The final chapters describe options open to humanity that the authors believe have the best chance of avoiding social, economic and probably political collapse in the next century or so. We have a choice: the human experiment, possibly even the biological experiment, that is life on this planet can yet succeed and persist in a sustainable way. But to do so will require our species as whole consciously and deliberately to take immediate, remediating steps, now, seriously and adequately to address the issues we have so far failed to do so effectively. It IS up to us. © Copyright 2005 by AxisofLogic.com.(John N. Cooper)
"In 1972, The Limits to Growth was published as a clarion call to begin changing the way the world worked so we safely made it to 2050-2070. The authors were clear that the path of change needed to begin "now" so we made a course correction within the next 30 years. Sadly, the message they wrote got badly misunderstood and by 30 years later, scores of critiques to the book claimed the authors warned that the world would run out of oil and other scare resources by 1990 or 2000. It is time for the world to re-read Limits to Growth! The message of 1972 is far more real and relevant in 2004 and we wasted a valuable 30 years of action plans by misreading the message of the first book."--Matthew R. Simmons, energy analyst and founder, Simmons & Company International, The world's largest energy investment banking practiceSee all Product Description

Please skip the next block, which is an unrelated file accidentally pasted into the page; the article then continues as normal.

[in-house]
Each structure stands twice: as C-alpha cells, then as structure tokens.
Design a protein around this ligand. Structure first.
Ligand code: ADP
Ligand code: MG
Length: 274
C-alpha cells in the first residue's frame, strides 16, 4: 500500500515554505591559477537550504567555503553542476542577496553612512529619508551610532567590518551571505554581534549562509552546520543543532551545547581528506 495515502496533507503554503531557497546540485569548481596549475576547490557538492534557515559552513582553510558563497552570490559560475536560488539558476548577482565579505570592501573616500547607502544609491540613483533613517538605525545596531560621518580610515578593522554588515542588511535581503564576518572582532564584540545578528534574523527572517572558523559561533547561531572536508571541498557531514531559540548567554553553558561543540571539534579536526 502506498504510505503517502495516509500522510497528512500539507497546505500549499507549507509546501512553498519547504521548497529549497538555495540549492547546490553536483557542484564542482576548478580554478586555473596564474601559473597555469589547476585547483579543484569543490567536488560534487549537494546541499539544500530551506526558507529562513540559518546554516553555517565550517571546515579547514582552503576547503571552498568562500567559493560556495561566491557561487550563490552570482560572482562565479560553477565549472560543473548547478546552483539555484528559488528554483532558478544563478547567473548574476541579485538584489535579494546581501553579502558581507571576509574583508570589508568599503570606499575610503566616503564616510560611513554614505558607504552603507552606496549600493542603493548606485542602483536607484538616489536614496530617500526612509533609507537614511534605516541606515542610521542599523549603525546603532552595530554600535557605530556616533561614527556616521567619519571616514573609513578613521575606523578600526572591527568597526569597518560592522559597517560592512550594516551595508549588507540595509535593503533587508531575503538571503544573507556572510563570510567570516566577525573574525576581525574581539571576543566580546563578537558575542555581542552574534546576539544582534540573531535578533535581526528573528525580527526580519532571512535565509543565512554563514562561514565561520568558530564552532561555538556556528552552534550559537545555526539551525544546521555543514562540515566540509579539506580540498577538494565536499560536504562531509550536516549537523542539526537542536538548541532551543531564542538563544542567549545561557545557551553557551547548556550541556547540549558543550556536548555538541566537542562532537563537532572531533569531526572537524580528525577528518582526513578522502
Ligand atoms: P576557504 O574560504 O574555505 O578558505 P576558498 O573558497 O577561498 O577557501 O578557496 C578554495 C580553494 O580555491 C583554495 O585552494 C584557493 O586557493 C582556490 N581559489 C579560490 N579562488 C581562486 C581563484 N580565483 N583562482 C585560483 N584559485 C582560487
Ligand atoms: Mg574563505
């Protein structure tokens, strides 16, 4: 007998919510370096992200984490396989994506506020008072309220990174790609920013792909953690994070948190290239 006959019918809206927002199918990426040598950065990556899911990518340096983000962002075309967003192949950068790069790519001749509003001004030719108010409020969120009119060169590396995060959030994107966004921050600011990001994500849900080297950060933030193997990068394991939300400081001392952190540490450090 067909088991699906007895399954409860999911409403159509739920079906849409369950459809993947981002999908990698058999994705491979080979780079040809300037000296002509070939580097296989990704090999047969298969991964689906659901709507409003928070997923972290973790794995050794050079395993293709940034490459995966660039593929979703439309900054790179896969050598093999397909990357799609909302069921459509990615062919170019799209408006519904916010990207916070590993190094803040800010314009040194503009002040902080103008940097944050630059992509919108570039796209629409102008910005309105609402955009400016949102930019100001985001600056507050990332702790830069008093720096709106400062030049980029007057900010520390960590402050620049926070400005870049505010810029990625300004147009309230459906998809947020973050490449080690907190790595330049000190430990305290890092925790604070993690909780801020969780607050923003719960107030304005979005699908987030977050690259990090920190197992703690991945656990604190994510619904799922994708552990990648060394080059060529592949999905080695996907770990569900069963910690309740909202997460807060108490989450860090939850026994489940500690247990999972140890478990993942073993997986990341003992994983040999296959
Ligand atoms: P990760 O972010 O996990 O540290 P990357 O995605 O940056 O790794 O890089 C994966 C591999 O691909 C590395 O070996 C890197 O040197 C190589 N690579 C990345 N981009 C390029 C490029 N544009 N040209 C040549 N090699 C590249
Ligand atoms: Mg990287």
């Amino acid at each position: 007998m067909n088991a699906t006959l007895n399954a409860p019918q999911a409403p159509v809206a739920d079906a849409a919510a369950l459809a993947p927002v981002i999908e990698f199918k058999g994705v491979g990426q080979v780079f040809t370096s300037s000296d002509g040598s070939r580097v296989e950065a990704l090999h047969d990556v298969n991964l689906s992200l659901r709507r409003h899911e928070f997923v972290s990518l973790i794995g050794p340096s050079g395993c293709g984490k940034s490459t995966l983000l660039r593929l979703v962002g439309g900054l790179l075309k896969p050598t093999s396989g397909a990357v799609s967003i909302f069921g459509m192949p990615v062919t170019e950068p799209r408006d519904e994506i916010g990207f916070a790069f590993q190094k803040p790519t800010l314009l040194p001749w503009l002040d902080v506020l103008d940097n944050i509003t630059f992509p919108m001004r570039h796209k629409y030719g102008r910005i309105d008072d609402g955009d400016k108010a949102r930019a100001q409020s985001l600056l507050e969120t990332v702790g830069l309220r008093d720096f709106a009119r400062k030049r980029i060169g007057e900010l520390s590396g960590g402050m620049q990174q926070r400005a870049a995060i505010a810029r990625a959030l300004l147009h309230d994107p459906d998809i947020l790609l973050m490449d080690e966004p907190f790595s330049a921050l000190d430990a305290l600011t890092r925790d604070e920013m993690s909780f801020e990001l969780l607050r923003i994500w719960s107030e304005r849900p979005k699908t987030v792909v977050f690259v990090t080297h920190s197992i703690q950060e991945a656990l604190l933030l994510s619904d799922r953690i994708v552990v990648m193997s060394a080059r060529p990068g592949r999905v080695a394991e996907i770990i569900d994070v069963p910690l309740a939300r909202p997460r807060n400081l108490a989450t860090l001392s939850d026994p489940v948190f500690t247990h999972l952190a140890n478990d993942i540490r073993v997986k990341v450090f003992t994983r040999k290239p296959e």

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Top Customer Reviews
Mankind has already gone past the level of sustainability. It's not a matter of IF, but a matter of WHEN the planet will not be able to sustain humanity at the current population level and standard of living.
This book explains about the earth's resources and how we are overusing them. Also about the byproducts of our use of these resources and the pollution it causes. Many examples are given of how people can change their ways of production and resource use.
It is disturbing to think what humans are doing to the planet and what the future will be if we don't change our ways. This book gives the big picture of what is happening ecologically to the planet and what needs to be done NOW to stop the devastation.
Most Helpful Customer Reviews on Amazon.com (beta)
However, BTL (1992) offered one new finding: "...humanity had already overshot the limits of Earth's support capacity. This fact was so important that we chose to reflect it in the title of the book." If you have not already read one or both of the two earlier volumes, these brief excerpts from the Authors' Preface to Limits to Growth: The 30-Year Update will suggest a context within which to understand and appreciate the significance of what Meadows, Randers, and Meadows share in this third volume.
If I understand their key point, it is this: Humanity's consumption of Earth's resources (i.e. humanity's "ecological footprint") proceeds at an increasingly faster rate than Earth's available resources can accommodate (i.e. its "carrying capacity"). There must be prudent physical growth constraints on consumption in combination with replenishment of the Earth's resources. Otherwise, over time, "the world will experience overshoot and collapse in global resource use and emissions."
The authors clearly identify the global challenge (page xv), explain their reasons for writing this update (pages xviii and xix) in response to that challenge, and then conclude their Preface with the prediction that "it will take another decade before the consequences of [global ecological] overshoot are clearly observable and two decades before the fact of overshoot is generally acknowledged." They intend to provide another update in 2012, on the 40th anniversary of their first book.
In the 14 chapters which follow, Meadows, Randers, and Meadows explain why it is not only desirable but indeed imperative to
1. increase the consumption levels of the world's poor
2. reduce humanity's total ecological footprint
3. support technological advances (e.g. to achieve #1)
4. support personal change (e.g. to achieve #2)